IT’S 4:45 A.M. and another day quarantined at home. Even though I have nowhere to go, I still get up early. It’s one of my favorite times of the day. This is when I go downstairs to the kitchen, make myself a cup of tea, toast some raisin bread and read about what’s happening in the world.
Later, Rachel and I will go for a walk and then have breakfast together. This is how we now lead our lives—sequestered in the house—away from friends and family. It’s made up of insignificant daily activities: cooking, cleaning, reading and exercising.
I’m not complaining. I’m grateful that I have someone, like Rachel, to help me get through these trying times. Having her by my side makes the mundane actives more enjoyable. I enjoy cooking together. Such activities no longer feel like work. Maybe they’re right about married people living longer than those who are single.
I think about all the elderly people who live alone, without a friend or loved one to share their day. For most of them, they have a life much worse than mine. They’re separated from the things we take for granted.
When I think about my new life today, I think about my elderly mother. I now have a better understanding for how she must have felt, spending time alone in her house, not able to go anywhere, waiting for me, my sister or a friend to visit.
Maybe something good will come out of the coronavirus and we’ll learn a valuable lesson—about the dangers of social isolation and the loneliness that the elderly face. It can take a physical and emotional toll. And it’s not just the elderly who feel this pain. It can affect people of all ages.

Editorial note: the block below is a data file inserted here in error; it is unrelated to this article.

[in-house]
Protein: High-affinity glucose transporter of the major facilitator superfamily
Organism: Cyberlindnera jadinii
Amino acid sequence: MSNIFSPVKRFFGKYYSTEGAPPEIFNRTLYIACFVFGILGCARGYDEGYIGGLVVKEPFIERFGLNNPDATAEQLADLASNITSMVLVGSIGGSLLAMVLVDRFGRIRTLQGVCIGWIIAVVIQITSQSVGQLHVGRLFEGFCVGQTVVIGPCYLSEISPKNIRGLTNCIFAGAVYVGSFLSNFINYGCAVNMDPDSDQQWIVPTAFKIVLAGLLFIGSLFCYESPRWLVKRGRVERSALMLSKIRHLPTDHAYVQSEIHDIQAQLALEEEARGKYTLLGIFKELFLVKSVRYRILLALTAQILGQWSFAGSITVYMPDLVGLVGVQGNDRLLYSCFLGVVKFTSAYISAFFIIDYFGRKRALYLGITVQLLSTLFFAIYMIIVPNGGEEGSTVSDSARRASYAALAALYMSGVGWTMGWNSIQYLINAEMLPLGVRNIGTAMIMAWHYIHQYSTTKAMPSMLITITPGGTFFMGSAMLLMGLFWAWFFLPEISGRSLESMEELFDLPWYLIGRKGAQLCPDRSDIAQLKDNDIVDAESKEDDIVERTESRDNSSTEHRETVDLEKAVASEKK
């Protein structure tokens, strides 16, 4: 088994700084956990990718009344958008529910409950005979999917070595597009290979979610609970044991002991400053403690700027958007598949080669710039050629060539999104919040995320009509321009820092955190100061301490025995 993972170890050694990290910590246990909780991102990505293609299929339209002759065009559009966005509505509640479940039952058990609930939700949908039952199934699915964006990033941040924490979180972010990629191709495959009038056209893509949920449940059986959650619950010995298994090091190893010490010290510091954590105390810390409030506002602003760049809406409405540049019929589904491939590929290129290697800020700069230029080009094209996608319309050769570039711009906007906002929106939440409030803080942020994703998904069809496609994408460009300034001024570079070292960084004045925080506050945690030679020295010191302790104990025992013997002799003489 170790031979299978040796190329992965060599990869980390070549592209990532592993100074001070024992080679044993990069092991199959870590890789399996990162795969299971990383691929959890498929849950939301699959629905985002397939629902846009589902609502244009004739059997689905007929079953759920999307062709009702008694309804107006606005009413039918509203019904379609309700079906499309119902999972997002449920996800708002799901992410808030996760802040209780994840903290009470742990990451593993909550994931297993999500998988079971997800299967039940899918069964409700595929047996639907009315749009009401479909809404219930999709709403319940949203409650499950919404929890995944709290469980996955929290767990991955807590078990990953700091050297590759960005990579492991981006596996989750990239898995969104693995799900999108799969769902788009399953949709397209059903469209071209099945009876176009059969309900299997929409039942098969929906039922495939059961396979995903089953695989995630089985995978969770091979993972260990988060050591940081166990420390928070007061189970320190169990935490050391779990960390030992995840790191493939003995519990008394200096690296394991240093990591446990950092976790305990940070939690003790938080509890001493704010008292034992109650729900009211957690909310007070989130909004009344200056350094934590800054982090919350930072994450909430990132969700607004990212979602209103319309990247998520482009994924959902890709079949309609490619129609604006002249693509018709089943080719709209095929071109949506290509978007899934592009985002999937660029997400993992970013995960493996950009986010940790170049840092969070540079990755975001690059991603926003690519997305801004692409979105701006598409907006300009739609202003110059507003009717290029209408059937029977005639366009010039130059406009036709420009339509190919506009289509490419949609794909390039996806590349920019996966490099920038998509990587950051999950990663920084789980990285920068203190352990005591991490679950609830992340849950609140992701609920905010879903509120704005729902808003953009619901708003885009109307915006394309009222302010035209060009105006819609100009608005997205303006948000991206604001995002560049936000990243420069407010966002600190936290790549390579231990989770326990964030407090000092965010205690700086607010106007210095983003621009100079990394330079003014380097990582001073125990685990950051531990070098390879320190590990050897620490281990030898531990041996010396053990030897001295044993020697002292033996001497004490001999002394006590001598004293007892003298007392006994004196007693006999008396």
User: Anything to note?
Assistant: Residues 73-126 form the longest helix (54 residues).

According to a 2018 survey by Cigna, loneliness levels have reached an all-time high. Nearly half the people surveyed reported that they sometimes or always feel alone. Four out of 10 also reported that their relationships are sometimes or always not meaningful and that they feel isolated.
Friends and family are one of the best cures for this disease. If you know people living alone, this a good time to reach out to them to make sure they’re okay and have everything they need.
Today’s quarantine could be a glimpse of what our lives will look like as we grow older. But life doesn’t have to be that way. In retirement, we should take the necessary steps to make sure social isolation and loneliness doesn’t happen to us by, say, moving closer to family members or good friends.
Dennis Friedman retired from Boeing Satellite Systems after a 30-year career in manufacturing. Born in Ohio, Dennis is a California transplant with a bachelor’s degree in history and an MBA. A self-described “humble investor,” he likes reading historical novels and about personal finance. His previous articles include Lost and Found, Keeping My Balance and School’s in Session. Follow Dennis on Twitter @DMFrie.